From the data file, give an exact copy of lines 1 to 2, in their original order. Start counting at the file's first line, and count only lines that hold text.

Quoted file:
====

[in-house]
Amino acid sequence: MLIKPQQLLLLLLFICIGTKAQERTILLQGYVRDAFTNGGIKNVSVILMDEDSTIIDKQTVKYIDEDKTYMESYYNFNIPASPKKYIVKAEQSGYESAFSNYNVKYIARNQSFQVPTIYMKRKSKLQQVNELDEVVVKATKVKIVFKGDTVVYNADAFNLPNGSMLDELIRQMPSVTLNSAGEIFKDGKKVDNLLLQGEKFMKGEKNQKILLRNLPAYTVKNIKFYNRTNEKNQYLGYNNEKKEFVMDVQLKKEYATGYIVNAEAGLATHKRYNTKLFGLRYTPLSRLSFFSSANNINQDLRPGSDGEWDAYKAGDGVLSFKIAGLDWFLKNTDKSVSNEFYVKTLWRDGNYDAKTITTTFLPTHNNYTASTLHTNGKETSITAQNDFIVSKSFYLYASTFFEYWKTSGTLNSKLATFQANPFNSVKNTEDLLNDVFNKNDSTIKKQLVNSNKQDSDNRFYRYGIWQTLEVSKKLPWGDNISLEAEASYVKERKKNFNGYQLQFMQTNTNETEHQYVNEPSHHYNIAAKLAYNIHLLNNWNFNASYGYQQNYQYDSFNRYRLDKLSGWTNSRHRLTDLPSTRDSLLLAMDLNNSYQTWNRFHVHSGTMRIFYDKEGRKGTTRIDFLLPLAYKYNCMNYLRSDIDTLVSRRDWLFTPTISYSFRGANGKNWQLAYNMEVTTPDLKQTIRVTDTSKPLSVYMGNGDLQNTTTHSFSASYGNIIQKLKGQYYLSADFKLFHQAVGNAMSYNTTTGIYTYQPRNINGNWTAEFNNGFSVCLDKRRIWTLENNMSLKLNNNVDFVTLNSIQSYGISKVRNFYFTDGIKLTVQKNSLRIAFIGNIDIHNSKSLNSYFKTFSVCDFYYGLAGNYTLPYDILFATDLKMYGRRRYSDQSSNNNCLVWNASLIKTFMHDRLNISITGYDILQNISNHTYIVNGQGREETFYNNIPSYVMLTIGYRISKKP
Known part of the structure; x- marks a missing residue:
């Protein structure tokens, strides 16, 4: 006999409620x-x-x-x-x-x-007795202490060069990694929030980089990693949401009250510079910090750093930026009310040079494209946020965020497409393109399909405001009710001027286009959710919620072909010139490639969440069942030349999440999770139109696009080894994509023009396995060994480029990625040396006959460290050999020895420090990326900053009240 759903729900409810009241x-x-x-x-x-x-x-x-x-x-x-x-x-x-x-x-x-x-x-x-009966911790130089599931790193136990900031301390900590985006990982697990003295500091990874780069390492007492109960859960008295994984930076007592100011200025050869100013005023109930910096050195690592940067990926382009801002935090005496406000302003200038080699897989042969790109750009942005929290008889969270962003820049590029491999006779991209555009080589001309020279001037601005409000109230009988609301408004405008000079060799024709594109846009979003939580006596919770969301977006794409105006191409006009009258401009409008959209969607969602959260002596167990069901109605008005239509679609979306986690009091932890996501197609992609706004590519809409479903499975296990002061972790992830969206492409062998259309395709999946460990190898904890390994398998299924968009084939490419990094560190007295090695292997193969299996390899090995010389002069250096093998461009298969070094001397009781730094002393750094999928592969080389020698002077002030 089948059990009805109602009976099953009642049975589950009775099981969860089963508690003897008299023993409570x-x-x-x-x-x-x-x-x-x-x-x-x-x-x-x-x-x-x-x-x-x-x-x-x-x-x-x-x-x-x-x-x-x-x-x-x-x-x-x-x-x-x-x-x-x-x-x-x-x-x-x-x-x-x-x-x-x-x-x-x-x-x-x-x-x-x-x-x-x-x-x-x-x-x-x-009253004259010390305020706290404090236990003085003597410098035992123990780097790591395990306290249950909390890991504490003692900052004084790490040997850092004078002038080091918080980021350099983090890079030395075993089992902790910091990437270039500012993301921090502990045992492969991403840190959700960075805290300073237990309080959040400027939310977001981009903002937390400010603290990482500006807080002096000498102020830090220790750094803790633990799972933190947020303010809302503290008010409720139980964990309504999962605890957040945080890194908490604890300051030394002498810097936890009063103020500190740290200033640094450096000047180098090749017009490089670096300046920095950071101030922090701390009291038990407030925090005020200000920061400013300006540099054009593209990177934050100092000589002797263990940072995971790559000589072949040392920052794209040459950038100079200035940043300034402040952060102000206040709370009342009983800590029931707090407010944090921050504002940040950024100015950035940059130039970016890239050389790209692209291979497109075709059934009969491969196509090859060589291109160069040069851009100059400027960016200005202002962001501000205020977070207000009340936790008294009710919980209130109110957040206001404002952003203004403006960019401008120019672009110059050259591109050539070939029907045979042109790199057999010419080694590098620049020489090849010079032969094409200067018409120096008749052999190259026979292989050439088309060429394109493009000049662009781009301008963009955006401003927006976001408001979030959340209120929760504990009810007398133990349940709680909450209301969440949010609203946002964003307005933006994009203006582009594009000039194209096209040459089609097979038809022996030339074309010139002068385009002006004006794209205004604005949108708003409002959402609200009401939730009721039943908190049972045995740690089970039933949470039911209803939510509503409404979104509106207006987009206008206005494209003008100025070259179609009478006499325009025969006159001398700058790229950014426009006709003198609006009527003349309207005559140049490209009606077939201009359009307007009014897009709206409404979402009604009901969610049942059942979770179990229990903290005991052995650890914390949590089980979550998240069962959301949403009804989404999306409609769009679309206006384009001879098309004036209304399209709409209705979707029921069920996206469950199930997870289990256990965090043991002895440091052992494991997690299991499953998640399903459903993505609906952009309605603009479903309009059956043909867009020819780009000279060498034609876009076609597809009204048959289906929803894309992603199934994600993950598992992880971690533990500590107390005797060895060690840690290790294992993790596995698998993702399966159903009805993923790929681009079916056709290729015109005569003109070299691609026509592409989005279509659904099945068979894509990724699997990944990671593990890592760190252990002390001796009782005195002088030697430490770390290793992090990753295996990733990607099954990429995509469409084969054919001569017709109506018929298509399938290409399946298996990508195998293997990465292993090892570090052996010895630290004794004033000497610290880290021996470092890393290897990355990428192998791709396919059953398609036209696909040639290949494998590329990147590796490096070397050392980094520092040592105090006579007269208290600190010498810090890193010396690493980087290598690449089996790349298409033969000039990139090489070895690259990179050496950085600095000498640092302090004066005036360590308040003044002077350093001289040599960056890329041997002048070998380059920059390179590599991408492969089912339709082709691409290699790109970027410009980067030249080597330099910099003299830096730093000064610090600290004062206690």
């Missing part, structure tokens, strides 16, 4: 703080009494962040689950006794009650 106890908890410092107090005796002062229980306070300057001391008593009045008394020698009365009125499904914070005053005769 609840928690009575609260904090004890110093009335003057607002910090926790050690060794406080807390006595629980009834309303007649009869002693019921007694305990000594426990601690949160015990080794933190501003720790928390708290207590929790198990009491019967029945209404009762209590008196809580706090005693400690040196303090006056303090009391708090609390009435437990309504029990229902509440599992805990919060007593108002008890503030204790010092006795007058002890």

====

[in-house]
Amino acid sequence: MLIKPQQLLLLLLFICIGTKAQERTILLQGYVRDAFTNGGIKNVSVILMDEDSTIIDKQTVKYIDEDKTYMESYYNFNIPASPKKYIVKAEQSGYESAFSNYNVKYIARNQSFQVPTIYMKRKSKLQQVNELDEVVVKATKVKIVFKGDTVVYNADAFNLPNGSMLDELIRQMPSVTLNSAGEIFKDGKKVDNLLLQGEKFMKGEKNQKILLRNLPAYTVKNIKFYNRTNEKNQYLGYNNEKKEFVMDVQLKKEYATGYIVNAEAGLATHKRYNTKLFGLRYTPLSRLSFFSSANNINQDLRPGSDGEWDAYKAGDGVLSFKIAGLDWFLKNTDKSVSNEFYVKTLWRDGNYDAKTITTTFLPTHNNYTASTLHTNGKETSITAQNDFIVSKSFYLYASTFFEYWKTSGTLNSKLATFQANPFNSVKNTEDLLNDVFNKNDSTIKKQLVNSNKQDSDNRFYRYGIWQTLEVSKKLPWGDNISLEAEASYVKERKKNFNGYQLQFMQTNTNETEHQYVNEPSHHYNIAAKLAYNIHLLNNWNFNASYGYQQNYQYDSFNRYRLDKLSGWTNSRHRLTDLPSTRDSLLLAMDLNNSYQTWNRFHVHSGTMRIFYDKEGRKGTTRIDFLLPLAYKYNCMNYLRSDIDTLVSRRDWLFTPTISYSFRGANGKNWQLAYNMEVTTPDLKQTIRVTDTSKPLSVYMGNGDLQNTTTHSFSASYGNIIQKLKGQYYLSADFKLFHQAVGNAMSYNTTTGIYTYQPRNINGNWTAEFNNGFSVCLDKRRIWTLENNMSLKLNNNVDFVTLNSIQSYGISKVRNFYFTDGIKLTVQKNSLRIAFIGNIDIHNSKSLNSYFKTFSVCDFYYGLAGNYTLPYDILFATDLKMYGRRRYSDQSSNNNCLVWNASLIKTFMHDRLNISITGYDILQNISNHTYIVNGQGREETFYNNIPSYVMLTIGYRISKKP